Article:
Court Rules that California Charter Cities Must Prioritize Surplus Public Land for Affordable Housing Development (Updated)

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MEDIA UPDATE

Recent media coverage of this case is listed here, and will be updated regularly. For our press release, please see below.

 

PRESS RELEASE

For Immediate Release

November 26, 2019

[Revised 11/26/2019 at 5:50pm]

 

Contacts: Rebekah Evenson | Bay Area Legal Aid | 510-250-5226 | revenson@baylegal.org

Mike Rawson | Public Interest Law Project | 510-891-9794 | mrawson@pilpca.org

Sarah Hopkins | Bay Area Legal Aid | 510-318-7226 | shopkins@baylegal.org

Isabel Alegria | Public Advocates, Inc. | 415-431-7434 | ialegria@publicadvocates.org

Court Rules that California Charter Cities Must Prioritize Surplus Public Land for Affordable Housing Development

Oakland – On November 26, 2019, California’s Sixth Appellate District Court of Appeal issued a decision in Anderson v. City of San Jose—a case that has profound implications for the affordable housing crisis throughout California. The Appellate Court ruled that San Jose is not exempt from complying with the Surplus Land Act—a state law that requires local governments to prioritize affordable housing when disposing of surplus government land.

This ruling will affect all 121 charter cities in California, which include the largest metropolitan areas in the state (Los Angeles, San Diego, San Francisco, and Oakland are all charter cities).

“Our low-income clients celebrate the court’s ruling at a moment when displacement and the lack of affordable housing in our state have reached crisis proportions,” said Rebekah Evenson, Director of Litigation and Advocacy at Bay Area Legal Aid, which is lead counsel in the case.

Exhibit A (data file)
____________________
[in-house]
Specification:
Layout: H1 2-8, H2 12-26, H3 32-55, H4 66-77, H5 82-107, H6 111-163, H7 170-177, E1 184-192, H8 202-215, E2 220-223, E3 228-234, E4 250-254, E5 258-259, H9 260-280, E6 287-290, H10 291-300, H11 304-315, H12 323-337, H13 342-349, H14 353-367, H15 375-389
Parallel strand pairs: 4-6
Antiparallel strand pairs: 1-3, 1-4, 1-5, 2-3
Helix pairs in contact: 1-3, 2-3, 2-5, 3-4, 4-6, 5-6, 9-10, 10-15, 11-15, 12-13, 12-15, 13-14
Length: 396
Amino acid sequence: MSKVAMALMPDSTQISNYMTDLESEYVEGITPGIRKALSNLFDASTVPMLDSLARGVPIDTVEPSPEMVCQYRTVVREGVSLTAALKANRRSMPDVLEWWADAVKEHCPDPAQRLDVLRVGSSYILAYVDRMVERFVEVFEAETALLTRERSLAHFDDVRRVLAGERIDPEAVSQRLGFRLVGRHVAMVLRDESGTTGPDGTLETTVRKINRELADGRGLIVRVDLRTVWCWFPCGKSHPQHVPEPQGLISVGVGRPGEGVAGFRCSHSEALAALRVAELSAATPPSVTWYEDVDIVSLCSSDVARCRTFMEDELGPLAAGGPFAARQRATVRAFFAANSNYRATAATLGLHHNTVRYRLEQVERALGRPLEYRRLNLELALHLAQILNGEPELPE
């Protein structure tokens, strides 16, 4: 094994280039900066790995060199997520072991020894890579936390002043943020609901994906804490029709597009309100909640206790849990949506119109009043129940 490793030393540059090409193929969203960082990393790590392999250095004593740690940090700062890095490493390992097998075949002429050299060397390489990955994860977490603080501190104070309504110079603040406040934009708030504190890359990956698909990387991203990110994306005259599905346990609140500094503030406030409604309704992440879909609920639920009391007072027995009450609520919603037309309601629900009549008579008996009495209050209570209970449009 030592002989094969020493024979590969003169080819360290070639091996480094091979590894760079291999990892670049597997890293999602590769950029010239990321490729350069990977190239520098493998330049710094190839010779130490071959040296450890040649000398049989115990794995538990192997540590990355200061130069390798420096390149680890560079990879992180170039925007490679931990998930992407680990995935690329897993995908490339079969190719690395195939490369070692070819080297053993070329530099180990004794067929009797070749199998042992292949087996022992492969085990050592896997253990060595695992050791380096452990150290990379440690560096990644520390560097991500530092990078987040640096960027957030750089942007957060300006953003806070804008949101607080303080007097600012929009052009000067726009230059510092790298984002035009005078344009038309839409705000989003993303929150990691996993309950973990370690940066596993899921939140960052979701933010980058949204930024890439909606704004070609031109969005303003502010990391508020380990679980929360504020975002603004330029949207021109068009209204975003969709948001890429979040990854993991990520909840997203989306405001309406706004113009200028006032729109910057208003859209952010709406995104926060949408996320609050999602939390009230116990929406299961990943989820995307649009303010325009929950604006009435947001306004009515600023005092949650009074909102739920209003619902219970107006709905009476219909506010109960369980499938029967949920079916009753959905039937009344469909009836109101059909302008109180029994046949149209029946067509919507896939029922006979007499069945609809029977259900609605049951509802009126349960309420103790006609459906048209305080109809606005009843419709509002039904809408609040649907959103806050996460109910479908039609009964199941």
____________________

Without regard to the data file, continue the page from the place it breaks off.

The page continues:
“The justices recognized that ‘public land for public good’ isn’t just a slogan, it’s the law of the land in California,” said Sam Tepperman-Gelfant, deputy managing attorney at Public Advocates Inc., which is co-counsel in the case.  “Every city can and must prioritize its surplus land for homes affordable to lower-income families.”

Co-counsel Michael Rawson, Director of the Public Interest Law Project, added that “this should nip in the bud the view of some charter cities that, unlike the rest of the cities in California, they can ignore their obligation to make surplus public land available for affordable housing.”

Low-income San Jose residents Sarah Anderson and Joana Cruz, and nonprofit organizations Urban Habitat Program and Housing California brought this case in 2016 to challenge San Jose’s adoption of a policy that conflicts with the Surplus Land Act, and to enforce legal protections for the development of affordable housing. San Jose’s refusal to abide by state affordable housing law would have caused disproportionate harm to low-income residents, many of whom are people of color, and many of whom have already been priced out of the city.

The superior court ruled that the Surplus Land Act does not apply to charter cities.  Today’s Appellate Court ruling reverses this decision, holding that the shortage of sites available for affordable housing is a matter of statewide concern, and that San Jose must follow state affordable housing law.

Evenson added, “We look forward to San Jose and charter cities throughout California complying with this important state law.”

Representing the Plaintiffs are Bay Area Legal Aid; Public Advocates, Inc.; Public Interest Law Project; and Weil, Gotshal & Manges LLP.